Selling your car through a dealer

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ConsumerMotor industry

Selling a car to a licensed dealer can be done in three ways:

Selling directly to a dealership

Dealers may offer you cash on the spot to purchase your car. This process usually involves the dealer viewing and assessing your car to provide a valuation. You then need to negotiate with the dealer to secure a price right for you before arranging payment and handing over the car. The dealer will manage the paperwork for you.

Shop around and get more than one valuation to help you secure the best price.

Trading-in your car

If you want to buy a new car, you may choose to use your current car as a trade-in. The dealer will give you a price for your trade-in and quote for the balance to purchase your new car. It is a good idea to shop around and get valuations from multiple dealers to secure the best deal.

Consignment selling

Consignment selling is when you ask a dealer to sell your car on your behalf. A dealer must be licensed to sell cars on consignment and be able to show they have a ‘Category E’ added to their existing licence. If they do not have this type of licence, they are unable to sell your car on consignment.

Dealers selling cars by consignment have to follow strict requirements to the owner/seller and potential buyers.

The dealer must:

  • Carry out all of your instructions, exercise care, skill and diligence and operate in your best interests at all times; and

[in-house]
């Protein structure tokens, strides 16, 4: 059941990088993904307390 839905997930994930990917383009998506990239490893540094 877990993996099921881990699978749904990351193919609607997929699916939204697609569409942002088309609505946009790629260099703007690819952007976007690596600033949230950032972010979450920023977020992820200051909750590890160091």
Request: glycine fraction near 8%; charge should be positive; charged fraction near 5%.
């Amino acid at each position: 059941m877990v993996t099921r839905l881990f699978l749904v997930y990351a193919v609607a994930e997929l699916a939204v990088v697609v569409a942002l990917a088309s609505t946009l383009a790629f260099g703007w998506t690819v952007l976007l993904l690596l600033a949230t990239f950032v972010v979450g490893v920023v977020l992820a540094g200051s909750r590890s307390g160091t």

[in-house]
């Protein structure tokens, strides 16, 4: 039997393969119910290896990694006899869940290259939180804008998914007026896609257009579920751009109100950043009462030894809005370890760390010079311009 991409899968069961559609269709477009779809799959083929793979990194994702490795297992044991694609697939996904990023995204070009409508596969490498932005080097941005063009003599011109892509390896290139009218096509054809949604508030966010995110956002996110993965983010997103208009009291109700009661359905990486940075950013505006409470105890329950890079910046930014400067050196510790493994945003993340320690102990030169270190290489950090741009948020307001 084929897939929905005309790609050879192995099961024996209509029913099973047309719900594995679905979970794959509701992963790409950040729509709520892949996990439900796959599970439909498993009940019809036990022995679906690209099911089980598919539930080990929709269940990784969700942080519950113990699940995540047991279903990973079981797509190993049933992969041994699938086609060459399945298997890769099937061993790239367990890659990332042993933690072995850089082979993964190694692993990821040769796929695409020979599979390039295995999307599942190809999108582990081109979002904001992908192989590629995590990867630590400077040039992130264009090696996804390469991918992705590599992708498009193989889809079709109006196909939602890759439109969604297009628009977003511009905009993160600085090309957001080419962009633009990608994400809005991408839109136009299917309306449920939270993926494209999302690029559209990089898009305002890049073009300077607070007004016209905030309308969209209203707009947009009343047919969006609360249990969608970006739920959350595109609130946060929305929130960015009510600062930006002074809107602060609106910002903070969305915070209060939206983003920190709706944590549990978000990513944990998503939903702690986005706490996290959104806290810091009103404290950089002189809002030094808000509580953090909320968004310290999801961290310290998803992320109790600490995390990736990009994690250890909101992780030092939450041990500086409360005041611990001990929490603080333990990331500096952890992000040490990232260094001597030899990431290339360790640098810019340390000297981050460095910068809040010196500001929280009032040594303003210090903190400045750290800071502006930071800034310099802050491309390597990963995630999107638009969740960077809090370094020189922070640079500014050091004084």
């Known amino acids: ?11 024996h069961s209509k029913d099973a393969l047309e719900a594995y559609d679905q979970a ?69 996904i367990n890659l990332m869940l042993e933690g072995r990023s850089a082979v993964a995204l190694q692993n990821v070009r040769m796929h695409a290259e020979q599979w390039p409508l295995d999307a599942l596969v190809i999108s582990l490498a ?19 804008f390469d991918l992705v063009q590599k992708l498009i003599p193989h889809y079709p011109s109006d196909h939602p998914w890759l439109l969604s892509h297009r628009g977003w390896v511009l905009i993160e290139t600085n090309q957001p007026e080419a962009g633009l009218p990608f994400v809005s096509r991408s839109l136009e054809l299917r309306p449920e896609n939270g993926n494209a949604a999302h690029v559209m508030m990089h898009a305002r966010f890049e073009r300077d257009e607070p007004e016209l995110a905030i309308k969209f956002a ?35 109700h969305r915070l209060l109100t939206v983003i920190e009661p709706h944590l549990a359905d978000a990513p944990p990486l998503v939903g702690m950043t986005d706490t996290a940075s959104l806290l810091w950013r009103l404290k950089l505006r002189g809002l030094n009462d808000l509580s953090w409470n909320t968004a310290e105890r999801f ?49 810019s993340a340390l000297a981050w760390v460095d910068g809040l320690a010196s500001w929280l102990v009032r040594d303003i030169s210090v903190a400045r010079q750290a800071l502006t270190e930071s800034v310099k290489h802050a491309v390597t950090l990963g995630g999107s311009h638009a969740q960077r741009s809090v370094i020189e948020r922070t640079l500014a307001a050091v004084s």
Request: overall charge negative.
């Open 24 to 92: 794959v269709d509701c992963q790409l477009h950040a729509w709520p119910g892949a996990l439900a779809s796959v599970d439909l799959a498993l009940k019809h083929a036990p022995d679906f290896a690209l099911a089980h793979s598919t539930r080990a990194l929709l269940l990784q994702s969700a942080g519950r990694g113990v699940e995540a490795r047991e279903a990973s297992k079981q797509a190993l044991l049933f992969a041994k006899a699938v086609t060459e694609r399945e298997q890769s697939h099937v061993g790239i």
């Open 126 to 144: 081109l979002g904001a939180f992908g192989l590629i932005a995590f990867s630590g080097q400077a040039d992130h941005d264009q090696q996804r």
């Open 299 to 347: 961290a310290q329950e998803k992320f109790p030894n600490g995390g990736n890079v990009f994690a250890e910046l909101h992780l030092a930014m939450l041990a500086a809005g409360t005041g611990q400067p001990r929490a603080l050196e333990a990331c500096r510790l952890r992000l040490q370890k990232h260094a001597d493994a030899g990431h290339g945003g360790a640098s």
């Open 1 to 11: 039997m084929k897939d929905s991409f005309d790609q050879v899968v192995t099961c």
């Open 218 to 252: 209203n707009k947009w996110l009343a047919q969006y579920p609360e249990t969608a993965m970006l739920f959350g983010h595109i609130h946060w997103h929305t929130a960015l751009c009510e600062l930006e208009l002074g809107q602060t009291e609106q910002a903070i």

• Disclose all relevant information to you in relation to selling the car and not delegate unauthorised power to act on your behalf to another party.

Consignment contracts

You must be given a standard consignment contract conforming with the terms and conditions required by the Motor Vehicle Dealers (Sales) Regulations 1974.

This contract must clearly state what amount you will receive when the car is sold (ie. the settlement or net return). You must also be given a copy of the consignment agreement immediately after it is signed by you and the dealer.

Under the agreement, a dealer can’t charge you for pre-sale repairs unless you have given prior written consent. When you consign your car, the dealer must pay to maintain warranties, including statutory warranties. These cannot be charged back to you.

Resolving disputes

If you have an issue with a dealer, try to resolve the dispute yourself directly with the dealer. If you are not happy with their response, contact the Consumer Protection Contact Centre on 1300 30 40 54 or by email for further assistance.

If you’re unable to resolve the dispute, you can lodge a complaint with Consumer Protection.

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